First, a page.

CCAGW 2009 Congressional Ratings
Since 1989, the Council for Citizens Against Government Waste (CCAGW) has examined roll call votes to identify which members of Congress are protecting the interests of taxpayers and which are squandering their hard-earned dollars. Those members who stand shoulder-to-shoulder with taxpayers and work to cut wasteful federal spending and taxes deserve special recognition. However, those who support big-government programs and pork-barrel projects and continually ignore Americans’ fiscal concerns should be reprimanded for their less-than-stellar performances.
CCAGW’s 2009 Congressional Ratings scored 120 votes in the House and 74 votes in the Senate. By comparison, in 2008, CCAGW rated 48 votes in the House and 42 votes in the Senate. The dramatic increase in the number of votes scored in 2009 is a reflection of the intensely partisan 111th Congress, the Obama administration’s relentless pro-spending agenda, and many members’ inability to support a pro-taxpayer agenda.
CCAGW rates members on a 0 to 100 percent scale. Members are placed in the following categories: 0-19% Hostile; 20-39% Unfriendly; 40-59% Lukewarm; 60-79% Friendly; 80-99% Taxpayer Hero; 100% Taxpayer Super Hero.
House and Senate Breakdown
In the House, Reps. Paul Broun (R-Ga.), Jeff Flake (R-Ariz.), Jeb Hensarling (R-Tex.), Cynthia Lummis (R-Wyo.), Mike Pence (R-Ind.), John Shadegg (R-Ariz.), and Lynn Westmoreland (R-Ga.) achieved “Taxpayer Super Hero” status with a grade of 100 percent. In 2008, Rep. Broun was the sole Taxpayer Super Hero and CCAGW applauds him for maintaining this perfect score two years in a row. There were 89 “Taxpayer Heroes” with a grade of 80 percent or above, 30 more than the 59 in 2008.
In 2009, unfortunately, there were an astonishing number of members, all Democrats, who took home a shameful zero percent score. In 2006, there were nine members with a zero rating; in 2007 there were only two; and in 2008 the number grew to a larger, yet still relatively small, 34. In 2009, however, a whopping 105 members, or 41 percent of the 256 House Democrats, scored a big fat zero. That list includes Speaker of the House Nancy Pelosi (D-Calif.), Majority Leader Steny Hoyer (D-Md.), Majority Whip James Clyburn (D-S.C.), and House Ways and Means Committee Chairman Sander Levin (D-Mich.). These members could not manage to support a single fiscally responsible measure out of the 120 House votes analyzed by CCAGW, including four votes to reduce discretionary spending in appropriations bills by a meager 5 percent, and a vote to cut $1 million for the Environmental Science Initiative at Drew University in Madison, N.J., which has an endowment of $171 million and charges $50,000 annually for tuition, room and board.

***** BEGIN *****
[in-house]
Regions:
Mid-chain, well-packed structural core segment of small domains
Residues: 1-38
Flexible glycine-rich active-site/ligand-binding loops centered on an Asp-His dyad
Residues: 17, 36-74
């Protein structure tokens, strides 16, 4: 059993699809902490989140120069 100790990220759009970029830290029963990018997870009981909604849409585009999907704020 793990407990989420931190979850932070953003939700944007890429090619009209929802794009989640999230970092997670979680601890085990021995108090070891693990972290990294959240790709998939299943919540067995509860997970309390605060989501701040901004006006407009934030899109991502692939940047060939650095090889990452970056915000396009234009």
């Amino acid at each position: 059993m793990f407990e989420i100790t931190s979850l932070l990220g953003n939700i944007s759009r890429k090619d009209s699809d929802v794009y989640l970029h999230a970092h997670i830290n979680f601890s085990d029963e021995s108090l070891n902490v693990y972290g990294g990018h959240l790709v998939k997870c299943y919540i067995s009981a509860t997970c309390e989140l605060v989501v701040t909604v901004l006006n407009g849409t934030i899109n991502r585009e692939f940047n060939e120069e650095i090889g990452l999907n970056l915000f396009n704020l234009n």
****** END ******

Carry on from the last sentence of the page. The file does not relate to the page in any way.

From 2006 through 2008, there were no “Taxpayer Super Heroes” (scoring 100 percent) in the Senate. Fortunately, Senators Michael Enzi (R-Wyo.) and John Barrasso (R-Wyo.) broke the mold in 2009, taking home the Senate’s first Taxpayer Super Hero awards in four years. The next two highest scores were achieved by Senators Tom Coburn (R-Okla.) and John McCain (R-Ariz.) at 99 percent. There were a total of 29 “Taxpayer Heroes,” 52 percent greater than the 14 in 2008. Although there were a record number of zero ratings in the House in 2009, there were no senators with a score of zero, compared to the 17 zeros in 2008.
Spend, Tax, and Spend Some More
The 2009 legislative year was characterized by intense partisanship, heated debates, and calculated political maneuvering. Lawmakers’ recent attempts to spend their way out of the nation’s fiscal crisis have only backfired, as the national debt has exploded past $13 trillion and the unemployment rate hovers at 9.5 percent. Despite these results, Congress forged ahead with tax-and-spend policies in 2009, ignoring the massive public outcry for fiscal restraint from teapartiers, townhallers, and grassroots activists.
Spend: The profligate tone of the 111th Congress was set when lawmakers passed the $787 billion (now $862 billion) American Recovery and Reinvestment Act. The bill passed the House by a vote of 244-188 in January, followed by the Senate which voted 61-37 for the bill in early February. The program has doled out hundreds of millions of dollars to fund important “shovel-ready” projects (such as resurfacing tennis courts in rural Montana, building a snowmaking facility in freezing Minnesota, and researching the genetic makeup of ants), while the Obama administration has patted itself on the back for “saving or creating” jobs. The President clearly failed to keep his promise that the unemployment rate would not rise above 8 percent if the stimulus was enacted. As a result, taxpayers have felt little positive effect of this massive spending spree.
Tax: In another taxpayer defeat, the House passed its global warming bill by a narrow 219-212 vote. Among other environmental regulations, the legislation calls for the implementation of a burdensome “cap-and-tax” system. It will slap a major tax on every domestic energy producer, which, in President Obama’s own words, will cause energy prices to “necessarily skyrocket” for consumers. The Heritage Foundation’s Center for Data Analysis found that by 2035, this cap-and-tax legislation would result in $9.4 trillion in GDP losses, raise an average family’s annual energy bill by $1,241, and destroy 1,145,000 jobs. Taxpayers are praying that the Senate does not follow the House’s lead.